This story is as full of hairbreadth escapes, exciting incidents, and vivid descriptions of sailor life as any boy could desire -- hearty, vigorous, bracing, and fresh with the pure breezes and sparkling waters of the everlasting seas.
egard to which the newspapers said, "she was dashed to pieces, and all hands perished."
But in this particular case all hands had not perished: two lives had been spared, unknown to journalists and coastguardsmen.
It was the dead of night when the vessel struck. The spot was lonely, at least a mile distant from human habitations. No anxious eyes on shore saw her quiver as each successive billow lifted her up and hurled her cruelly down; no sorrowing ear heard the shriek of despair that rose above the yelling storm, when, in little more than ten minutes, the vessel broke up, and left the crew and passengers to perish within sight of their native land.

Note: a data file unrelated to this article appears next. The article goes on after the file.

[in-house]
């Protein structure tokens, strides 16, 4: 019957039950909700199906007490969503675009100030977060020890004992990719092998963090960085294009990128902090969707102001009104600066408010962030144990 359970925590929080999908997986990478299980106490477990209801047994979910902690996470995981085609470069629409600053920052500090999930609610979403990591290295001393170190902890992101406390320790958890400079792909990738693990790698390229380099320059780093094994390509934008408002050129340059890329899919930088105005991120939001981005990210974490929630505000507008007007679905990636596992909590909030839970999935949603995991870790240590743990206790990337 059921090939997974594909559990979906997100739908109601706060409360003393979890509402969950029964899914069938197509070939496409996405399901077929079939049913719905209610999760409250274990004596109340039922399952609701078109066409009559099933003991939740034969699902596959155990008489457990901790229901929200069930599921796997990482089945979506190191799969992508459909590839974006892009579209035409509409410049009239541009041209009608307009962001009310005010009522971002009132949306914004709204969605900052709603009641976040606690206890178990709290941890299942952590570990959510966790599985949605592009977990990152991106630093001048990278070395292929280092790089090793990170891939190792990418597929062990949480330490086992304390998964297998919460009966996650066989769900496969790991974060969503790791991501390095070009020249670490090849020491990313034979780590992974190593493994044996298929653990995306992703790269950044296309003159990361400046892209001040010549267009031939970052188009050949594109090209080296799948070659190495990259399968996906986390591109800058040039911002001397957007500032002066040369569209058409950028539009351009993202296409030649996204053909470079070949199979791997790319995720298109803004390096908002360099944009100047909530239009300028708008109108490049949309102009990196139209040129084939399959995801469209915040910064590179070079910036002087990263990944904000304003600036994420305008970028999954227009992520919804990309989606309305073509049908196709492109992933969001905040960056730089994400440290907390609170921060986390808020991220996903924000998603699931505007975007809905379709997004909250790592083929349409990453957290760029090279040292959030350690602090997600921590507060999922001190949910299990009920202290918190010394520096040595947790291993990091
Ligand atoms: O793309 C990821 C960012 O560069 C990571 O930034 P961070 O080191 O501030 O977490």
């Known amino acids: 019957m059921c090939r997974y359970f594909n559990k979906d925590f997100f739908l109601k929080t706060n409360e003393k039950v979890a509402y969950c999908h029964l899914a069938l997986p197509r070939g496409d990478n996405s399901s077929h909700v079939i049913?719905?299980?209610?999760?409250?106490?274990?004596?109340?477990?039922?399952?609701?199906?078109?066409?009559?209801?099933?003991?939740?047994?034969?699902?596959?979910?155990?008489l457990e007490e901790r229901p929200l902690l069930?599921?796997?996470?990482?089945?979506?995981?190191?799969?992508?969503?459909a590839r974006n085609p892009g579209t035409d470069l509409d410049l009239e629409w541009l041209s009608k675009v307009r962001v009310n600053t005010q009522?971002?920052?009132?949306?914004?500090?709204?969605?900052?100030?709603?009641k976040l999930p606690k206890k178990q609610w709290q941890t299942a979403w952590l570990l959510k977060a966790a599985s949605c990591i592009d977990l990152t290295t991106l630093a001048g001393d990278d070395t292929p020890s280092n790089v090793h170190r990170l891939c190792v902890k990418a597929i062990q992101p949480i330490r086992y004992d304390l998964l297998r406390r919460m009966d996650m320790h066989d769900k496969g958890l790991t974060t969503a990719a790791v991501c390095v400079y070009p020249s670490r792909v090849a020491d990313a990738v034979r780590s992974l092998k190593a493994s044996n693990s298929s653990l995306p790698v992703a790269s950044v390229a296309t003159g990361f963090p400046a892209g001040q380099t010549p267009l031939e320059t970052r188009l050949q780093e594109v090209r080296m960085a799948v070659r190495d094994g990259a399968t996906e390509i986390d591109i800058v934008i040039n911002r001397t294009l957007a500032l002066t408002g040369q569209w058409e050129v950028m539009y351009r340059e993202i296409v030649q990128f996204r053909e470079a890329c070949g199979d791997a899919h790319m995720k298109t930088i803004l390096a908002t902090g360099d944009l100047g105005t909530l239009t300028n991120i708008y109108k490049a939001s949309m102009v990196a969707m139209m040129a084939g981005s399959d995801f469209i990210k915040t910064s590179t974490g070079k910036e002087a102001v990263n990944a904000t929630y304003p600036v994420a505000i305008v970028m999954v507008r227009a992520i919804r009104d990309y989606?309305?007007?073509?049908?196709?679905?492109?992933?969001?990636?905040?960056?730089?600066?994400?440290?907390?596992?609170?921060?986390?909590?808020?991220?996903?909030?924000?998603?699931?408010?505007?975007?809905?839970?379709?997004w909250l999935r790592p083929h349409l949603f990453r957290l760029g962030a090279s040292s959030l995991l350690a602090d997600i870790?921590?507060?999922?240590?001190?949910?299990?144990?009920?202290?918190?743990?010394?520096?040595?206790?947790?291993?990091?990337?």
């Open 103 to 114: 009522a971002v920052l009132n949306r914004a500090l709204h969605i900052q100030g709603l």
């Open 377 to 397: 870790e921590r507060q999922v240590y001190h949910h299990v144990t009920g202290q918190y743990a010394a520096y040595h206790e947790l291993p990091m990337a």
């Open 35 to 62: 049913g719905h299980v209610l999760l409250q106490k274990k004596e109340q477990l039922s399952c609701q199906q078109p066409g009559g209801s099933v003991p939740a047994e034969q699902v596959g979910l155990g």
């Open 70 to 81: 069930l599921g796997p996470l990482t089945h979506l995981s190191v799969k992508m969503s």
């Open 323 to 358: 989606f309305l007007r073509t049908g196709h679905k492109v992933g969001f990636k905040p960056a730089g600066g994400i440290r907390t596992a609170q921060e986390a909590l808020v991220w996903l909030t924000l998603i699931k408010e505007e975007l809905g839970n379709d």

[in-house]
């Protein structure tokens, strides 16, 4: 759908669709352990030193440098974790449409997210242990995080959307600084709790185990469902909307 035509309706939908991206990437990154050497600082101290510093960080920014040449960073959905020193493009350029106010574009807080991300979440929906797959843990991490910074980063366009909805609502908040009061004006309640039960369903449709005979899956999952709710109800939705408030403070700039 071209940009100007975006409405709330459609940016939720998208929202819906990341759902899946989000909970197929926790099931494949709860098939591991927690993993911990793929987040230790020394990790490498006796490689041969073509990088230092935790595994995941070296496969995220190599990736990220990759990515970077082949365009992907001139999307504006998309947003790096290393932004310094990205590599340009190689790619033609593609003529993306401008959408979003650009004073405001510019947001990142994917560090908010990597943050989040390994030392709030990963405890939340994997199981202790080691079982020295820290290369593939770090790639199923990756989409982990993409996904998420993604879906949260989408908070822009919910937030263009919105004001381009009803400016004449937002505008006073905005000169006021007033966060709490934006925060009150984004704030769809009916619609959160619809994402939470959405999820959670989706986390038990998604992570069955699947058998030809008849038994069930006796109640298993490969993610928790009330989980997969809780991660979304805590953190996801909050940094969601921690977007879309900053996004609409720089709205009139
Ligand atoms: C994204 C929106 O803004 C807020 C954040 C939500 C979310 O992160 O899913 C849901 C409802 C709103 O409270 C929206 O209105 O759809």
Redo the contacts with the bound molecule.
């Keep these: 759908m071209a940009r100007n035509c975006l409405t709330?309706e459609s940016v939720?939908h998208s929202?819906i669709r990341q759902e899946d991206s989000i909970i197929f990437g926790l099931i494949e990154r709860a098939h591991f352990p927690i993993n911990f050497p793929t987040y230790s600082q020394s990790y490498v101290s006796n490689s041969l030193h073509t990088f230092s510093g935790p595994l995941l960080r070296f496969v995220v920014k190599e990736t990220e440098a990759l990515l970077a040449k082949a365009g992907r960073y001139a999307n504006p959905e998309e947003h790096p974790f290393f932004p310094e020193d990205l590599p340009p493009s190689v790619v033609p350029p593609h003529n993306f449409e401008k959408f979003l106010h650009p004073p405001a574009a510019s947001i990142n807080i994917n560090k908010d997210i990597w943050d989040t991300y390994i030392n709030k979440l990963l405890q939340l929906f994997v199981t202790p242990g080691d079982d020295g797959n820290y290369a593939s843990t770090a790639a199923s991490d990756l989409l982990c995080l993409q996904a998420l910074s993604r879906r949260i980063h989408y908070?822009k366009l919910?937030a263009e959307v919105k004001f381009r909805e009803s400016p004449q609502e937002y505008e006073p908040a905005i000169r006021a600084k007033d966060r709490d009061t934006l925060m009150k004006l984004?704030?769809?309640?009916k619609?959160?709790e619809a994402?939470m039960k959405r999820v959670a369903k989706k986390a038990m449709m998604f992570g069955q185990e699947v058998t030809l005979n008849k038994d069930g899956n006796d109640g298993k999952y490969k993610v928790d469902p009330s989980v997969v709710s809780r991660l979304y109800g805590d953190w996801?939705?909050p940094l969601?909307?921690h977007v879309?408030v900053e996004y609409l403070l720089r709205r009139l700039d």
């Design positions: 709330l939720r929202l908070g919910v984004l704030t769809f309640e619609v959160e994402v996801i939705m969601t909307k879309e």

There was one man among the number who did not shriek, who did not despair. He was not a hero of romance whose soul raised him above the fear of sudden death--no, he was only a true-hearted British tar, whose frame was very strong, whose nerves were tightly strung and used to danger. He had made up his mind to save his life if he could; if he